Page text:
Michael has spent most of his career (14 years, in fact) helping steer Wachovia's BPO strategy, where he led over 130 transitions, managed over 1000 SLAs, over four countries and three service providers. He also served as Wachovia's CFO for Banking Operations. Michael recently made his first foray into service provider world, leading the financial services vertical for up-and-coming BPO and KPO service provider Aditya Birla Minacs.
Michael is sharing his views with us on where he sees the banking sector going with its BPO strategies - namely a further sell-off of captives, service provider rationalization, growth in regional markets, and also the smaller banks opening up to BPO contracts. Over to you Michael:
What we are seeing in the financial services sector is nothing less
Big Banking Trends
There are a couple of distinct trends among the big banks. First, they are moving away from captive models as they try to liberate capital and focus on their core activities. We will see the banks sell off non-core processes, or at least move them from captive operations to third-party providers. Citibank’s sale of its India-based outsourcing arm to Tata Consulting Group (TCS) is one recent example of this trend toward the “monetization” of captives.
Second, those already using a third-party model are rationalizing their current BPO/KPO providers, ensuring they have neither too few (which increases risk) nor too many (which can dilute the value of outsourcing, reduce scale, and limit their providers’ attention to the business). Two or three BPO/KPO partners is generally the right number to effectively segment work, benchmark results, and create healthy competition. Many banks arrive at this magic number as they attempt to achieve efficiency gains while mitigating risk. In addition to ensuring the right number of suppliers, banks are seeking strategic partners that can provide solutions across a spectrum rather than a productized offering.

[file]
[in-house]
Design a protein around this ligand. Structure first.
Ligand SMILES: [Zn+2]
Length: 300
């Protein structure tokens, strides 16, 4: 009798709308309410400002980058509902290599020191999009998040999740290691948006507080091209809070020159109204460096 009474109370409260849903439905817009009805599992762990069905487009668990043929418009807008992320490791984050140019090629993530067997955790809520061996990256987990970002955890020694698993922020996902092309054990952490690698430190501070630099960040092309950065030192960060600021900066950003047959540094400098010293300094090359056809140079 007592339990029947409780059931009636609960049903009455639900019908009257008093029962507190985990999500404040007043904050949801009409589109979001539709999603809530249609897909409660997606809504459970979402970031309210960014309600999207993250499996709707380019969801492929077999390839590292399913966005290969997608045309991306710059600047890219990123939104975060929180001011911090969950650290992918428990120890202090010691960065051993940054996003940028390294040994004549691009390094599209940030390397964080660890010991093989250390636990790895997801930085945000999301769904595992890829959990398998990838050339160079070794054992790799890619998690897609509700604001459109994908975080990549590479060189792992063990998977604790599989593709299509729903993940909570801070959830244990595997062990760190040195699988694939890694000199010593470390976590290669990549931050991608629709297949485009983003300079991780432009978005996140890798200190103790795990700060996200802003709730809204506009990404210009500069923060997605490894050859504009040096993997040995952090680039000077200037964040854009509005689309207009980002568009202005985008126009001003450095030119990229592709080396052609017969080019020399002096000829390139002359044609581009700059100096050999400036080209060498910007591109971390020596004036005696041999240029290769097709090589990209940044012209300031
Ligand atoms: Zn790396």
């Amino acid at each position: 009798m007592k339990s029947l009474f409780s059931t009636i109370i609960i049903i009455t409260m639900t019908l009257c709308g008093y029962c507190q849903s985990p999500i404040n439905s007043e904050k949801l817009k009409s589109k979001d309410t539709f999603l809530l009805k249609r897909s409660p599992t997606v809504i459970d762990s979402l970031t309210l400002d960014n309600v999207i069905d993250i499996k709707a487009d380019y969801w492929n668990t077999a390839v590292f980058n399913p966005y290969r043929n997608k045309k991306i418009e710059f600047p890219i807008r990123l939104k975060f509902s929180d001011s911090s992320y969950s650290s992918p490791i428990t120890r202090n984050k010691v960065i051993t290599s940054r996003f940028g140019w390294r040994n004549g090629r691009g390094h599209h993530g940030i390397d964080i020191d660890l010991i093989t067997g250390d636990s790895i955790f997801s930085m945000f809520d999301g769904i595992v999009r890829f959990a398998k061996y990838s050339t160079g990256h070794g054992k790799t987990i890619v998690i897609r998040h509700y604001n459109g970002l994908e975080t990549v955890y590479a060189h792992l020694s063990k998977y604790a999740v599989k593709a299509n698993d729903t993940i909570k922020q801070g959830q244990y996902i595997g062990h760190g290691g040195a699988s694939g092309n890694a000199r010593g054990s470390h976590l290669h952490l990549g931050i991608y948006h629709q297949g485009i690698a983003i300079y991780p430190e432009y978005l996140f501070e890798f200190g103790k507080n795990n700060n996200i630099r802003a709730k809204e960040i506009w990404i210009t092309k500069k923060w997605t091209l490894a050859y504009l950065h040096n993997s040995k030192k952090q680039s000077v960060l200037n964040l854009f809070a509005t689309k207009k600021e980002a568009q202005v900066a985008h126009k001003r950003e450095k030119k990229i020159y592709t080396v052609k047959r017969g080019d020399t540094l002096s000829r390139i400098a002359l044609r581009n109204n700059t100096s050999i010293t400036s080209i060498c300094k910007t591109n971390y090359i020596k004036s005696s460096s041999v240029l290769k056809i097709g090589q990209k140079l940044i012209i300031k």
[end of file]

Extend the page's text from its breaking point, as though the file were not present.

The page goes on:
Regional Banking Trends
Unlike the large institutions, regional banks have not done much offshoring or outsourcing. There are several reasons for this. First, the cost of entry was prohibitive when offshoring began—infrastructure, governance, and consultants, and more consultants drove up costs. Recently, this price tag has decreased dramatically—from 20% – 70%, depending on the service—as the market matured, technology costs dropped, and off-the-shelf options increased. In many instances, a bank can now start a program with very little outlay, and many providers will even cover start-up costs.
Scale was the other issue—most providers were not interested in small banks because they couldn’t provide the scale needed to support the FTE models dominant in the industry at that time. Transactional models are much more common today for many processes, and scale plays a much smaller role in these decisions.
All financial services companies will evaluate which processes they consider to be core; as the industry has matured, companies have come to realize that many processes once thought of as central and inalienable can be successfully off-shored. As this happens, we will see many more processes migrate outside the physical walls of companies.
Another big evolution is toward offshore enablers—technology solution providers that make it easier and more efficient for other companies to embrace offshoring. Imaging platforms are one example, as they enable virtual processing of paper-intensive processes such as check processing. With front-end image capture, many of the day-one activities previously conducted in locations across the US can now be centralized at one location anywhere in the world.
While the big banks remain distracted by the recent wreckages of the financial markets, many smaller banks have quickly moved ahead with creating and executing their offshore strategies. The outsourcing industry is more mature than it was three years ago, and many of these smaller banks have watched, learned, and are now looking for strong partners to help implement their strategies. Over the next two years, watch for the emergence of many smaller contracts for many more banks. As small banks join the game, they may in many cases surpass the results of the larger companies by leveraging past learnings.
Michael Koontz is SVP and Business leader for Financial Services at Aditya Birla Minacs.